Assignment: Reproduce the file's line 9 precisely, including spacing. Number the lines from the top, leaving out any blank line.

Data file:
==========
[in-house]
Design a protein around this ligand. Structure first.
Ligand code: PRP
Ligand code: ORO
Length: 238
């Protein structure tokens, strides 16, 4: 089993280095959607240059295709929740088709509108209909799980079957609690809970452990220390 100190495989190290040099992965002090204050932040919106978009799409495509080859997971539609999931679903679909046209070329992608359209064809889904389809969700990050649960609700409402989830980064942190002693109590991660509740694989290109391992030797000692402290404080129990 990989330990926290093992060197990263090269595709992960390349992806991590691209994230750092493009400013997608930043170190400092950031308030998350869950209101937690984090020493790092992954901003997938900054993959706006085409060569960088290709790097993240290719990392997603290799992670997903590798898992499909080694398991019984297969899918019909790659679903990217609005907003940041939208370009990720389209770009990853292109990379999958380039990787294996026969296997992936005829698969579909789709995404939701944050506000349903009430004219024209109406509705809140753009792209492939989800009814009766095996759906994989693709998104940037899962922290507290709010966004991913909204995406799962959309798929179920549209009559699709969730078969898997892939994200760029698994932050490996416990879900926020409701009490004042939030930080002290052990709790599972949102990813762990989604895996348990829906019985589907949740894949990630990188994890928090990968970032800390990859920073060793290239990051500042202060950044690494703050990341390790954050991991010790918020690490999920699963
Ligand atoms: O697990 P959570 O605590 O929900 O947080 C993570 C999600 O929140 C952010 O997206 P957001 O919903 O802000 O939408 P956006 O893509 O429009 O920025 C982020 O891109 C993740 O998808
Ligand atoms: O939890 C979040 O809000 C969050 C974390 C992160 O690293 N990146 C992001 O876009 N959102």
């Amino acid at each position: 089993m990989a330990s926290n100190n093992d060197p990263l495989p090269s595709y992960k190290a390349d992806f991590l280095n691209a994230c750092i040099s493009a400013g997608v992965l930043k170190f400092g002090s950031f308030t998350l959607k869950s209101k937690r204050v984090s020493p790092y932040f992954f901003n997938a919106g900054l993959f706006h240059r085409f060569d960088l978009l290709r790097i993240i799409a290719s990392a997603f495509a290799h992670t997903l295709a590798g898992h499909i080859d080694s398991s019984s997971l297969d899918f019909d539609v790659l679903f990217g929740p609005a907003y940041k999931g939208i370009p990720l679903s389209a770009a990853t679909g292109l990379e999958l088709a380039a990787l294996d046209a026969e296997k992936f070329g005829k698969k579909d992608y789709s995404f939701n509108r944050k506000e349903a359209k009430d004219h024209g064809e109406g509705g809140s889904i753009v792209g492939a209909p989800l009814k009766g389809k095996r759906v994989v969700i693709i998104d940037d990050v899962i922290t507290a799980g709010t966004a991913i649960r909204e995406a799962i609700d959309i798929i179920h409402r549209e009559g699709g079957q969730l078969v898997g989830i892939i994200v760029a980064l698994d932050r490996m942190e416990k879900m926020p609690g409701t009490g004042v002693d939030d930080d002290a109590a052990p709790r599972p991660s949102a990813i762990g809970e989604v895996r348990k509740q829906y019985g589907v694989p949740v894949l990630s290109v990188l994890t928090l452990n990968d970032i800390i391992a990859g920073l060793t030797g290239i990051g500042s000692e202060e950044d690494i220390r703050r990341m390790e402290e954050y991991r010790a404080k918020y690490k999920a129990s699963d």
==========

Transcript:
């Amino acid at each position: 089993m990989a330990s926290n100190n093992d060197p990263l495989p090269s595709y992960k190290a390349d992806f991590l280095n691209a994230c750092i040099s493009a400013g997608v992965l930043k170190f400092g002090s950031f308030t998350l959607k869950s209101k937690r204050v984090s020493p790092y932040f992954f901003n997938a919106g900054l993959f706006h240059r085409f060569d960088l978009l290709r790097i993240i799409a290719s990392a997603f495509a290799h992670t997903l295709a590798g898992h499909i080859d080694s398991s019984s997971l297969d899918f019909d539609v790659l679903f990217g929740p609005a907003y940041k999931g939208i370009p990720l679903s389209a770009a990853t679909g292109l990379e999958l088709a380039a990787l294996d046209a026969e296997k992936f070329g005829k698969k579909d992608y789709s995404f939701n509108r944050k506000e349903a359209k009430d004219h024209g064809e109406g509705g809140s889904i753009v792209g492939a209909p989800l009814k009766g389809k095996r759906v994989v969700i693709i998104d940037d990050v899962i922290t507290a799980g709010t966004a991913i649960r909204e995406a799962i609700d959309i798929i179920h409402r549209e009559g699709g079957q969730l078969v898997g989830i892939i994200v760029a980064l698994d932050r490996m942190e416990k879900m926020p609690g409701t009490g004042v002693d939030d930080d002290a109590a052990p709790r599972p991660s949102a990813i762990g809970e989604v895996r348990k509740q829906y019985g589907v694989p949740v894949l990630s290109v990188l994890t928090l452990n990968d970032i800390i391992a990859g920073l060793t030797g290239i990051g500042s000692e202060e950044d690494i220390r703050r990341m390790e402290e954050y991991r010790a404080k918020y690490k999920a129990s699963d």